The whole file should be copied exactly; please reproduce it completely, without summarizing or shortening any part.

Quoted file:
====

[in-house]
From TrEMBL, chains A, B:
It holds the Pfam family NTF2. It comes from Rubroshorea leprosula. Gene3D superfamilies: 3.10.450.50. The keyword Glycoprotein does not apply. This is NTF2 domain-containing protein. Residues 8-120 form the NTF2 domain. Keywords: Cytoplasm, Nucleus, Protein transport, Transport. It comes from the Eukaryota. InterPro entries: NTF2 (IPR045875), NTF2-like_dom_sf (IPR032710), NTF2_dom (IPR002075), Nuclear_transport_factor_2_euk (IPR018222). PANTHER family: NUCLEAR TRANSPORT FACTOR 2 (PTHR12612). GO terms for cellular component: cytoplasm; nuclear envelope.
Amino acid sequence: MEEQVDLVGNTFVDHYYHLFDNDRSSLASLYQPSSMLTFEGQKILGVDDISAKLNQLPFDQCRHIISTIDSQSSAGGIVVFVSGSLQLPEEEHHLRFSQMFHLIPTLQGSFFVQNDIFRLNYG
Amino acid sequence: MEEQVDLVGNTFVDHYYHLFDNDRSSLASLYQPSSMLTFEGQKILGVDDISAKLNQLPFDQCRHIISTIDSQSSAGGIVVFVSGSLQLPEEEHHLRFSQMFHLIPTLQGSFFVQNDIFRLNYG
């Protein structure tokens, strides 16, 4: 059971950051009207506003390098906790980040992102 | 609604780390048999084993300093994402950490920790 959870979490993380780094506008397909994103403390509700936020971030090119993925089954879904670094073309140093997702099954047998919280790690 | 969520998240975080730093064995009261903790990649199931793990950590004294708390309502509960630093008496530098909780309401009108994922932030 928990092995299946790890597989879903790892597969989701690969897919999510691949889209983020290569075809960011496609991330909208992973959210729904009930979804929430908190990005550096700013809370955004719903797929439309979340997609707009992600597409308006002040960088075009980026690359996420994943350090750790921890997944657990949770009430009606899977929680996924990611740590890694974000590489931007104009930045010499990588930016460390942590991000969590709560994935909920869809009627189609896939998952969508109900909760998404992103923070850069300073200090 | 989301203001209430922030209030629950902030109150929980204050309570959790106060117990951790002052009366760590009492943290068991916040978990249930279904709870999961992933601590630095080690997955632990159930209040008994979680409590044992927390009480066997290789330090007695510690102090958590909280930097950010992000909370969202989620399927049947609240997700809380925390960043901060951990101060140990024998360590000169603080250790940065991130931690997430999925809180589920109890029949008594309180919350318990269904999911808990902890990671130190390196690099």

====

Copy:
[in-house]
From TrEMBL, chains A, B:
It holds the Pfam family NTF2. It comes from Rubroshorea leprosula. Gene3D superfamilies: 3.10.450.50. The keyword Glycoprotein does not apply. This is NTF2 domain-containing protein. Residues 8-120 form the NTF2 domain. Keywords: Cytoplasm, Nucleus, Protein transport, Transport. It comes from the Eukaryota. InterPro entries: NTF2 (IPR045875), NTF2-like_dom_sf (IPR032710), NTF2_dom (IPR002075), Nuclear_transport_factor_2_euk (IPR018222). PANTHER family: NUCLEAR TRANSPORT FACTOR 2 (PTHR12612). GO terms for cellular component: cytoplasm; nuclear envelope.
Amino acid sequence: MEEQVDLVGNTFVDHYYHLFDNDRSSLASLYQPSSMLTFEGQKILGVDDISAKLNQLPFDQCRHIISTIDSQSSAGGIVVFVSGSLQLPEEEHHLRFSQMFHLIPTLQGSFFVQNDIFRLNYG
Amino acid sequence: MEEQVDLVGNTFVDHYYHLFDNDRSSLASLYQPSSMLTFEGQKILGVDDISAKLNQLPFDQCRHIISTIDSQSSAGGIVVFVSGSLQLPEEEHHLRFSQMFHLIPTLQGSFFVQNDIFRLNYG
């Protein structure tokens, strides 16, 4: 059971950051009207506003390098906790980040992102 | 609604780390048999084993300093994402950490920790 959870979490993380780094506008397909994103403390509700936020971030090119993925089954879904670094073309140093997702099954047998919280790690 | 969520998240975080730093064995009261903790990649199931793990950590004294708390309502509960630093008496530098909780309401009108994922932030 928990092995299946790890597989879903790892597969989701690969897919999510691949889209983020290569075809960011496609991330909208992973959210729904009930979804929430908190990005550096700013809370955004719903797929439309979340997609707009992600597409308006002040960088075009980026690359996420994943350090750790921890997944657990949770009430009606899977929680996924990611740590890694974000590489931007104009930045010499990588930016460390942590991000969590709560994935909920869809009627189609896939998952969508109900909760998404992103923070850069300073200090 | 989301203001209430922030209030629950902030109150929980204050309570959790106060117990951790002052009366760590009492943290068991916040978990249930279904709870999961992933601590630095080690997955632990159930209040008994979680409590044992927390009480066997290789330090007695510690102090958590909280930097950010992000909370969202989620399927049947609240997700809380925390960043901060951990101060140990024998360590000169603080250790940065991130931690997430999925809180589920109890029949008594309180919350318990269904999911808990902890990671130190390196690099």